Film review: A Good Day to Die Hard
A Good Day to Die Hard
Twentieth Century Fox Film Corporation, Dune Entertainment, Origo Film Group
STARRING Bruce Willis, Jai Courtney, Cole Hauser, Sebastian Koch, Yuliya Snigir, Mary Elizabeth Winstead
WRITTEN BY Skip Woods
PRODUCED BY Alex Young
DIRECTED BY John Moore
SHOT BY Jonathan Sela
EDITED BY Dan Zimmerman
MUSIC BY Marco Beltrami
DISTRIBUTED BY 20th Century Fox
From its first moments Die Hard 5 begins to set things in motion between the sinister, hollow, lizard-like Russian suit Chagarin (Kolesnikov) and grizzly political prisoner Komarov (Koch). The credits play over the action like a television show, even the film’s arbitrary dumbass title inserted and removed, quite tiny, in the corner of the screen. Just keep moving. John “Americans Don’t Apologize” McClane (Willis) is headed to Moscow to retrieve his willful son Jack (Jai Courtney), a CIA plant in very hot water (I guess you’re born into franchises like families). McClane’s NY cop buddy warns him, “They do things differently over there” – to which McClane supplies the grammatically incorrect repartee, “Me too” – but what they do differently is anybody’s best guess, innumerable opportunities to cash in on the locale going untapped by 20th Century Fox’s team of boorish males.
There is a coordinated, very public courthouse strike by Chagarin’s right hand Alik (Snigir), and since McClane happens to be standing outside when Jack flees in a truck with Komarov, he really has nothing better to do than to steal the nearest vehicle and tag along – McClane continually, and bafflingly, grousing “I’m on vacation!” to anybody who will listen (his son’s mantra, virtually Courtney’s only lines for the first third of the film, are one-note whined asides about McClane’s shite fathering). Somehow this car chase involves an enormous tank cleaving a path through a center of a city of ten million without a single authority figure noticing, but this is where I am meant to “flip off the switch” of my critical faculties and just enjoy the senseless, thoughtless carnage. My guest during this screening noted to me that she was quite disturbed at the number of innocent civilians killed during this chase and – this is something nobody comments on – the wanton destruction of so many vehicles which “could’ve really made a difference in so many peoples’ lives!” I admit, I had not considered that.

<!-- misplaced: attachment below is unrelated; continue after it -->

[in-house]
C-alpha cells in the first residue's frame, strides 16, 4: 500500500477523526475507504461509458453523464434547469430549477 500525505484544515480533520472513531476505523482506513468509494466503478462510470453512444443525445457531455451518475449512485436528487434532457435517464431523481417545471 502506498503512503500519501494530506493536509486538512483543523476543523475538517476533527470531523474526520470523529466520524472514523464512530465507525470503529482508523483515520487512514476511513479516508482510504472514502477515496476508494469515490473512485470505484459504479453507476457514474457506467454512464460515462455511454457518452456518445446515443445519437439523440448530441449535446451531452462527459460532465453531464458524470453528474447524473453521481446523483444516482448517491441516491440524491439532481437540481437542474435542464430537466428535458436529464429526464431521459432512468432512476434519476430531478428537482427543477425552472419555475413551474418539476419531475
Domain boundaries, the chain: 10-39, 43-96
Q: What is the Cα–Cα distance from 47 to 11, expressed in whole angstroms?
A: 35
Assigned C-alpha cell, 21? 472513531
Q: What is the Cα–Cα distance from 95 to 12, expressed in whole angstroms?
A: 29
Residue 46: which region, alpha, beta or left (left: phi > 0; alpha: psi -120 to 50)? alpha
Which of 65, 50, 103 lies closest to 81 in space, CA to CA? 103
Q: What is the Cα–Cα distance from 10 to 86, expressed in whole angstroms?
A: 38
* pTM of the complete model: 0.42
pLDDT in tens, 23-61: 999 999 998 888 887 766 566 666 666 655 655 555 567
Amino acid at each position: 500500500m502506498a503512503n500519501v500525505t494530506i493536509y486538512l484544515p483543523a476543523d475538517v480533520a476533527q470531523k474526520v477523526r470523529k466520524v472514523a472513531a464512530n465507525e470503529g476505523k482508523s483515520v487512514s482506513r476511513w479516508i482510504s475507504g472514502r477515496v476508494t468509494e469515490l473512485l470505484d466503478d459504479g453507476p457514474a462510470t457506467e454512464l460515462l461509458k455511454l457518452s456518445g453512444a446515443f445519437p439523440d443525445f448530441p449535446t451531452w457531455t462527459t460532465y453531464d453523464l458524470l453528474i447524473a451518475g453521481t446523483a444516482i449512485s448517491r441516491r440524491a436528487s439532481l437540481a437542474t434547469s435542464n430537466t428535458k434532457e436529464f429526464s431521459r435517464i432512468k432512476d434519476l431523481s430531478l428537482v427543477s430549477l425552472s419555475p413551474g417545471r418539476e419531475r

There are two more action setpieces over the next 70 minutes – only two!! – before the film ends on a freeze frame of McClane, son and daughter, reunited, smiling and laughing, a happy family of complete assholes. In between the action, I was surprised to witness the momentum positively grind to a halt on scene after scene of lazy, predictable, shitty moralistic pablum where father and son grunt and look askance and take baby steps towards their renewed relationship. They move along on an irrelevant fetch quest for “the file,” the contents of which are quite forgotten by now. “Where is the file?!” “I need that file!” “Give me the file!” Midway through, McClane and son and forced to their knees at gunpoint and Alik is ordered to kill them. Alik takes this opportunity to munch on a carrot and tap dance. Moments later McClane has impossibly sliced through his flex cuffs and a room full of assault-weapon-toting henchman lie dead. Father and son then leap from the 20th story (at least) window and reach terra firma after their fall is cushioned by dozens of wooden and metal planks and platforms. Finally – spoiler alert – the penultimate money shot, the big audience cheer moment, involves the film’s villain being thrown from the top of a building into active propeller blades – and exploding.
Thanks, screenwriter Skip Woods (video game movie Hitman), for reminding me of the place of Americans abroad, as McClane answers his son’s inquiry of what their “thing” entails: “Go out there and kill all the scumbags.” Nice. Great. I see this is the best we can do, producer Alex Young (comic book movie Predators), you soulless shyster sellout, and you, director John Moore (video game movie Max Payne), smashing your way to Hollywood’s peak with a hammer. I missed the fucking State of the Union so I could function as a PR plant for your celebration of pompous imperialist brutality and be treated like an ignorant child along the way, amusement park thrills at amusement park prices. Thanks again for your creation of more throwaway fodder for the lowest common denominator of the public and their complicity in being treated like absolute suckers. Thanks.
written by David Ashley
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- 2013/02/17 / 00:01
- Film reviews
- 20th century fox, action, Alex Young, bruce willis, Cole Hauser, cowboy, Dan Zimmerman, david ashley, die hard 5, Dune Entertainment, film, franchise, Jai Courtney, John Moore, Jonathan Sela, Marco Beltrami, Mary Elizabeth Winstead, movie, Origo Film Group, review, russia, sebastian koch, sequel, skip woods, Twentieth Century Fox Film Corporation, worst film of 2013, Yuliya Snigir